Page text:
A second explanation stems from the specialisation of certain financial centres in portfolio management activities. Among FIs, portfolio management companies are responsible for significant flows relative to Luxembourg. From 2020 to 2022, exports of financial services to Luxembourg averaged EUR 1.2 billion, generating an average net surplus of EUR 0.8 billion. These services meet the needs of Luxembourg’s investment fund industry, which hosts a large number of collective investment undertakings (CIUs) managed from France (part of the operating costs is therefore excluded from cross-border trade). The business model of management companies explains their position as net exporters: income is earned by charging CIUs various fees linked to performance, management or transfers, while expenses vis-à-vis the rest of the world are minimised. 

Image Chart 3: Net banking income from abroad of French banking group affiliates Catégorie Eco Notepad
Note: “affiliates” are subsidiaries and branches of French banking groups.
Source: Outward FATS, Banque de France

The Paris financial centre has benefited from Brexit

The most significant development behind the rapid growth in French FIs' trade in financial services over recent years is the United Kingdom’s exit from the European Union. Many US banking groups have set up or expanded their operations in France since 2020. “Financial institutions that left the United Kingdom” are continental European companies that, following Brexit, integrated activities and employees that were previously located in the United Kingdom. They have been identified on the basis of both quantitative indicators, such as trade in service declarations since 2019, and qualitative information sources such as interviews or press reports.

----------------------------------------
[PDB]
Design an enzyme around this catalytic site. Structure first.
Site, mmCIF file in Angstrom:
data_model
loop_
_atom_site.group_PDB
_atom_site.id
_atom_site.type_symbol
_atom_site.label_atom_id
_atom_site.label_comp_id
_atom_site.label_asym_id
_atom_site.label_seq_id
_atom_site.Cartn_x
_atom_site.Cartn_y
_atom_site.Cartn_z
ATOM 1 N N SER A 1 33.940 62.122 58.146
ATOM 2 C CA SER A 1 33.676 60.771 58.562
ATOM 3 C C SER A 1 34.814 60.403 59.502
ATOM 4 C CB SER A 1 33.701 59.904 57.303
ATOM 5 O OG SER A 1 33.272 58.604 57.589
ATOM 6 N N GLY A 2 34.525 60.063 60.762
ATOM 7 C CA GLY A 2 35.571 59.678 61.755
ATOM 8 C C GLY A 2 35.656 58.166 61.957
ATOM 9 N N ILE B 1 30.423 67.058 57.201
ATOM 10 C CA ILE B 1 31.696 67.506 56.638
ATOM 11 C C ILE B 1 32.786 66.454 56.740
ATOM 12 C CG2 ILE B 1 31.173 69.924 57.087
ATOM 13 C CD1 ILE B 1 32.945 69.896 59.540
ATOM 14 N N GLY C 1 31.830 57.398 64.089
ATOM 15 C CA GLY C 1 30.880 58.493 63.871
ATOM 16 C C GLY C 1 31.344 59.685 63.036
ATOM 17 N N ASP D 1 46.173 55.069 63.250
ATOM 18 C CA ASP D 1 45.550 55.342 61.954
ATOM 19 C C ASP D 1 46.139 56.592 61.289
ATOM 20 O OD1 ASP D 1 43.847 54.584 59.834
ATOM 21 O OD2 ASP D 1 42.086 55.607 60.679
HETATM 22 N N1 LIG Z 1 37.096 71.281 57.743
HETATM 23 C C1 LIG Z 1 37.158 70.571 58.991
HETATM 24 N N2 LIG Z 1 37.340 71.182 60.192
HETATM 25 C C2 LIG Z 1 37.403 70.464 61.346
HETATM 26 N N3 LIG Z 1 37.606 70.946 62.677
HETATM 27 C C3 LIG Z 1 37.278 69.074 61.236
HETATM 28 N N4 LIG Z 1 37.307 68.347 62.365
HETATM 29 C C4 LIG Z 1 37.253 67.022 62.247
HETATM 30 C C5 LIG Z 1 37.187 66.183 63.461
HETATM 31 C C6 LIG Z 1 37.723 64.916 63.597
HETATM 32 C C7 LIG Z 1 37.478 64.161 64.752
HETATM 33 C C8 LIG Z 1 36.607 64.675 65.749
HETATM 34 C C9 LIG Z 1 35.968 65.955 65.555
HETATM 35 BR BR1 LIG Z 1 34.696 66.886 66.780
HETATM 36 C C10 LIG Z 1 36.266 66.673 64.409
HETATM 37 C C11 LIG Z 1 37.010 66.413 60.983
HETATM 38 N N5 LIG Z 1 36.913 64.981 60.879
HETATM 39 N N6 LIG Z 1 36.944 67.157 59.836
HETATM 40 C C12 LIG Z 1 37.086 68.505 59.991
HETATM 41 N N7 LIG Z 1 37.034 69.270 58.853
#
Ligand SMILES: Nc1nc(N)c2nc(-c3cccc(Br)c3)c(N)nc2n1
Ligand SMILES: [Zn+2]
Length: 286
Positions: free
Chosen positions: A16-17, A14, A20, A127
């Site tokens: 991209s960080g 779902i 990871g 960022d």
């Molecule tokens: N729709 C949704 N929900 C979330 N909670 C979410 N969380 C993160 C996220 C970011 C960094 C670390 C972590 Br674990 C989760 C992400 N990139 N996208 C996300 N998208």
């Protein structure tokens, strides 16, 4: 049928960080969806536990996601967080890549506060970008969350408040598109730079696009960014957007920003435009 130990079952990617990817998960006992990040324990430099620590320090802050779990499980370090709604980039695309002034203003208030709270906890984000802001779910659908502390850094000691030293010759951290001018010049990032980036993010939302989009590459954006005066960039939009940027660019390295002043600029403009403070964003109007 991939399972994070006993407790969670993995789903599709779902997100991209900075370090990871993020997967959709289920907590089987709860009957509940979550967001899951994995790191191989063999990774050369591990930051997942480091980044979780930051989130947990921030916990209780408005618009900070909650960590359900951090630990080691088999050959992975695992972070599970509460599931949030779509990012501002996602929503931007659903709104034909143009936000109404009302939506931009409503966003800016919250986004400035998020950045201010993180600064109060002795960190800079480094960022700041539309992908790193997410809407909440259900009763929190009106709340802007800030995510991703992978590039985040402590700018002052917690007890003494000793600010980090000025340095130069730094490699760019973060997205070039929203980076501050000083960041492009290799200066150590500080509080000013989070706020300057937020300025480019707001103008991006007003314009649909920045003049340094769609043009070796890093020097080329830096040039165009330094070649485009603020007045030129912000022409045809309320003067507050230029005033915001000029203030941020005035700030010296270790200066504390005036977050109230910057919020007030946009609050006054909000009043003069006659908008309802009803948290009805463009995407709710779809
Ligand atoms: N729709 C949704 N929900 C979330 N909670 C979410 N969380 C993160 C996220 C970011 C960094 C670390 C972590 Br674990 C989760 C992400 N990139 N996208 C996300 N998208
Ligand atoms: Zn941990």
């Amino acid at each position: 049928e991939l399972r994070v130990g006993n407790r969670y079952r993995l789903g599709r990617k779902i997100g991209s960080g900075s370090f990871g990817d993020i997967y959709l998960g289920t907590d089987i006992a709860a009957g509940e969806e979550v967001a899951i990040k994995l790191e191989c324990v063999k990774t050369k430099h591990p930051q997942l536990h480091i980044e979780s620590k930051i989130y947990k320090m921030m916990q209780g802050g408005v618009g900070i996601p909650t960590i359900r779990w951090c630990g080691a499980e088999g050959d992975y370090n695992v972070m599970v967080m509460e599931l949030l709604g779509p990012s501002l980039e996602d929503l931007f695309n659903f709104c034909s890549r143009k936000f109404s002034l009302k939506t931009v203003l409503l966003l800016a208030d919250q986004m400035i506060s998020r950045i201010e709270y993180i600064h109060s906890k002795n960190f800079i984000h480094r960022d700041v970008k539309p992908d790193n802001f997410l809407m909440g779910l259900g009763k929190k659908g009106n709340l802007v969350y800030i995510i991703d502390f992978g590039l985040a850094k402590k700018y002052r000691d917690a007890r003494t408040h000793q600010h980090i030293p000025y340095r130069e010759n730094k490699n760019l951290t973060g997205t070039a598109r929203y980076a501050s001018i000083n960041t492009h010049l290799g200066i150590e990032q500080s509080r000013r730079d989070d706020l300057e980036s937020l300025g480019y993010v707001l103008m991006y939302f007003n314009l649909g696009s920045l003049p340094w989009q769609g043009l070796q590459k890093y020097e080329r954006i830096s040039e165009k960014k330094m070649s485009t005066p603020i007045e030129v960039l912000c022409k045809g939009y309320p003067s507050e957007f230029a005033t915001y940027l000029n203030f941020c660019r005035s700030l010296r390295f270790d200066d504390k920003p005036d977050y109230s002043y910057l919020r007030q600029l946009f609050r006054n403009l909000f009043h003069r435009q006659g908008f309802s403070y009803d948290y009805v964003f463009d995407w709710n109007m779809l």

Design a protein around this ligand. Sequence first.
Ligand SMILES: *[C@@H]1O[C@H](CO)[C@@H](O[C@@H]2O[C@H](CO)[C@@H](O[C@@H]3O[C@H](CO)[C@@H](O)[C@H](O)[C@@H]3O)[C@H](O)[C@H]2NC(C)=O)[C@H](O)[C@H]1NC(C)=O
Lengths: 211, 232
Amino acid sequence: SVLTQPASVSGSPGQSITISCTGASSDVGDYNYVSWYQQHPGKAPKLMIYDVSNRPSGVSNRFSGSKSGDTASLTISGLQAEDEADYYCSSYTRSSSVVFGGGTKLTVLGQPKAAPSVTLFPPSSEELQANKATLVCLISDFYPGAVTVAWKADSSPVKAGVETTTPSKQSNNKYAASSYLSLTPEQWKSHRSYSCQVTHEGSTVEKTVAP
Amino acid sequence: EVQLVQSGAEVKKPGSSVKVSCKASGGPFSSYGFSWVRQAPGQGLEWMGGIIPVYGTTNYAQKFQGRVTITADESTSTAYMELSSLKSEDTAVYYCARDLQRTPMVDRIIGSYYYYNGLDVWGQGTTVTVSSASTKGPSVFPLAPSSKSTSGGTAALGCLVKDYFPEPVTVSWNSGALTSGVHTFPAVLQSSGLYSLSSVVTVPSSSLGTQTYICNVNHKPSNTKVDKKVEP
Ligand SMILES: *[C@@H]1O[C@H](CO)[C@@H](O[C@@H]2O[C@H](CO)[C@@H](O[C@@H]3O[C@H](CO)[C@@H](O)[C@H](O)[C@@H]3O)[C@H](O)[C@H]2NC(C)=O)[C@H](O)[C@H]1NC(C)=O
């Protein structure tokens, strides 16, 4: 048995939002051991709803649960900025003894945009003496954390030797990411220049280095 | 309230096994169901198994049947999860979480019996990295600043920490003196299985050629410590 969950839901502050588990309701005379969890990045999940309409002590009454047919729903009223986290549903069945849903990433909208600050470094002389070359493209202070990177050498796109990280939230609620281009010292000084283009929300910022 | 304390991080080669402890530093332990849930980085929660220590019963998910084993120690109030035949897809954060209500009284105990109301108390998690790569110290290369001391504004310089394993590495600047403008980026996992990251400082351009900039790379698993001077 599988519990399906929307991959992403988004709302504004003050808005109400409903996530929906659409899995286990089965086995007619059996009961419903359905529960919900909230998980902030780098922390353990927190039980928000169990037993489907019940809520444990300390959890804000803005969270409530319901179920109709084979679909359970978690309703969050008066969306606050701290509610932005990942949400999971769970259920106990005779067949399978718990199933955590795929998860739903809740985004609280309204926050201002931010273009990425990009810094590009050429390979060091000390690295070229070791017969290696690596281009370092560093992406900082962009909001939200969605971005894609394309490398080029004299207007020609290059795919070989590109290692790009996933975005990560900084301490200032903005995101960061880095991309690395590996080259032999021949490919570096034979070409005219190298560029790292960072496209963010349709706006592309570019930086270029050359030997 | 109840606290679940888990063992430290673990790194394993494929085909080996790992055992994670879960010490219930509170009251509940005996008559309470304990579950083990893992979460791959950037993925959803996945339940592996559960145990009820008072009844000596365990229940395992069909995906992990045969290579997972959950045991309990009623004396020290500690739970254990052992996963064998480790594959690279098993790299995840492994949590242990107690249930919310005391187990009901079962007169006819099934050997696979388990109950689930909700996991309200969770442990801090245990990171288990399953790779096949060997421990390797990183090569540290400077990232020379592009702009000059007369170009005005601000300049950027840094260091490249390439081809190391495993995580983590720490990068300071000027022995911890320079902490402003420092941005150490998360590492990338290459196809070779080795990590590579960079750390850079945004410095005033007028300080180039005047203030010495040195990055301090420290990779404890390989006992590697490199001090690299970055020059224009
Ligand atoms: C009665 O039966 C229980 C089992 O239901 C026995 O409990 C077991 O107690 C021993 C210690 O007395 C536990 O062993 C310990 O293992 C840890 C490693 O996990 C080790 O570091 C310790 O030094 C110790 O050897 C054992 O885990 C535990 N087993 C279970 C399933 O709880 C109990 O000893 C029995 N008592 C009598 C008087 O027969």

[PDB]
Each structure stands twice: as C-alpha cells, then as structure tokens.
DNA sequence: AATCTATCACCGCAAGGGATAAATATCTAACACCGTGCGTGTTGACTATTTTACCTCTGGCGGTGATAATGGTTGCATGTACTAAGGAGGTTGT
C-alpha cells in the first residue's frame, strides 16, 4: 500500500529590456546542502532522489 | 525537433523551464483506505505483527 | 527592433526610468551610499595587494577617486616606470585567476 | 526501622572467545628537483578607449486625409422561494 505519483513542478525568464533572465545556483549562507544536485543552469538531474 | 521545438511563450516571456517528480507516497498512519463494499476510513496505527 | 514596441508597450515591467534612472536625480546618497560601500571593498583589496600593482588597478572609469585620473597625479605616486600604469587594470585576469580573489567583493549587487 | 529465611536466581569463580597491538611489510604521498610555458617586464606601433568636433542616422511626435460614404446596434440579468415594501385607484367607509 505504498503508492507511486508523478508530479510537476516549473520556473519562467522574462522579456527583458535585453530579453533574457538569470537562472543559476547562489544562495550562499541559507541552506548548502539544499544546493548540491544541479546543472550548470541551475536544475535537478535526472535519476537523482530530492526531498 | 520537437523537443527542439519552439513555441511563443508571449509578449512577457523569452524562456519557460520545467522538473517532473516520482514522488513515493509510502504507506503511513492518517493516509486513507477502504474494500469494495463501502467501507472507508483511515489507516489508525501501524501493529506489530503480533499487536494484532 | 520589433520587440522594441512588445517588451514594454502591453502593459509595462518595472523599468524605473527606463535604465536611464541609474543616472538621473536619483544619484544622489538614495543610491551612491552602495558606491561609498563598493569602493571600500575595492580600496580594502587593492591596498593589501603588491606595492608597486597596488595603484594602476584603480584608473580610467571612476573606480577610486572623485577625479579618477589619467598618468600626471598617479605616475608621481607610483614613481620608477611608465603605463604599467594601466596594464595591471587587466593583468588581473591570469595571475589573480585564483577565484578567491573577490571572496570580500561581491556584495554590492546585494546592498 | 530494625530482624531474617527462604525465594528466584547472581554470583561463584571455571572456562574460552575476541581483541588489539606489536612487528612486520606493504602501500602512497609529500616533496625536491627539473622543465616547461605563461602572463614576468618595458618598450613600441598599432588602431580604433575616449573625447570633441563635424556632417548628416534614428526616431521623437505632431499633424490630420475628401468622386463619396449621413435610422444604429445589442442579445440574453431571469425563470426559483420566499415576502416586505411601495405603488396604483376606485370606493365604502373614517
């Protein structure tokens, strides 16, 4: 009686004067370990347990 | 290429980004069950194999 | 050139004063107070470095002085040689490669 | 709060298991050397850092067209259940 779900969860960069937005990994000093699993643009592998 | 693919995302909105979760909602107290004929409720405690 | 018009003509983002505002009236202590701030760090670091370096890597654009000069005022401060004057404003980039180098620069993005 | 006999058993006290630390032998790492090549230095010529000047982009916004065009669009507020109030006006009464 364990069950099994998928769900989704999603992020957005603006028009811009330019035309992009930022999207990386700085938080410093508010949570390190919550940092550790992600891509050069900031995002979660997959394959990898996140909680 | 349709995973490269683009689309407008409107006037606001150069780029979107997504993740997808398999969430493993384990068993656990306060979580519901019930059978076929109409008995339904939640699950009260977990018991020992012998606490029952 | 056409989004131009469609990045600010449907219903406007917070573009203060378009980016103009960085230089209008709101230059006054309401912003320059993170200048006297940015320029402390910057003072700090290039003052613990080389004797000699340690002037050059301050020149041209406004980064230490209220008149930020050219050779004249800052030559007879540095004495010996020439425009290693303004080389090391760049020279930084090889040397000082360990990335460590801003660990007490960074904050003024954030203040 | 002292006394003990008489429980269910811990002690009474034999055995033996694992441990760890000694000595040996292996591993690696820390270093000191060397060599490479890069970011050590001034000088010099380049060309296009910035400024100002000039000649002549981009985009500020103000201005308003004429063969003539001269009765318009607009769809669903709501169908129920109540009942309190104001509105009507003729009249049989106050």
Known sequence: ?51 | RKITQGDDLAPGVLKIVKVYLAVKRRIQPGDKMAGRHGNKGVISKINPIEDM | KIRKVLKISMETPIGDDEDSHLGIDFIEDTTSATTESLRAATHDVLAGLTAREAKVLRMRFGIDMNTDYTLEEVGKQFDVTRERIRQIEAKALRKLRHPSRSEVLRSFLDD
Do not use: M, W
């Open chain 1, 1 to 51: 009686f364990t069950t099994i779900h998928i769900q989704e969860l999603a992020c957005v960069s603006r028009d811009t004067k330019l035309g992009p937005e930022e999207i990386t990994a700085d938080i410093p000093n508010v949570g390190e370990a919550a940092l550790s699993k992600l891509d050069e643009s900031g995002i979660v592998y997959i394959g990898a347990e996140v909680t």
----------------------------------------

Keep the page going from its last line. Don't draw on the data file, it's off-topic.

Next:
These banking groups, most often Anglo-Saxon in origin, have gravitated towards Paris, where the authorities have rolled out policies selling France’s economic attractiveness (the Choose France Summit, since 2017, for example). Financial institutions that have left the United Kingdom have also pointed to the favourable financial environment (AMF, ACPR, ESMA, and the EBA, which relocated to Paris post-Brexit) and a financial sector that boasts an impressive skilled workforce, among the Paris financial centre’s assets (see Villeroy de Galhau, 2018).

Transfers of activities have led to companies relocating to several countries, primarily Ireland, but also to Paris, from where it is possible to cover the activities of customers in France and continental Europe. Other financial centres in Europe, such as Frankfurt, Luxembourg and Amsterdam, have also benefited from Brexit, welcoming previously UK-based financial institutions. Since 2020, the gradual relocation of these institutions to France and the expansion of export activities – setting up offices and a number of trading rooms enabling the provision of remote financial services – have helped to boost financial services exports from France. The contribution of financial institutions that left the United Kingdom to France’s financial services exports thus increased from 3% in 2020 to 10% in 2021 and 23% in 2022 (see Chart 4). 

Image Chart 4: Financial services traded by financial intermediaries,  including institutions that left the United Kingdom Catégorie Eco Notepad
Source: Banque de France

In addition to financial services, Brexit has also had an impact on other categories of services traded by FIs. Computer and information service transactions and intra-group transactions are conducted between these Paris-based institutions and other European countries. These transactions partly offset the positive financial services balance, with parent companies located abroad invoicing, for example, for intra-group management fees (most often in the form of transfer pricing). Thus, unlike French banks, financial institutions that left the United Kingdom make a loss on this type of transaction, primarily to the United Kingdom (deficits of EUR 113 million in 2020, EUR 345 million in 2021, and EUR 474 million in 2022). 

There is no doubt that the Paris financial centre has benefited from Brexit thanks to the relocation of financial institutions that left the United Kingdom. Data available for 2023 suggests that this new banking landscape is stabilising at a high level: financial services exports are becoming a long-term contributor to France's trade in services.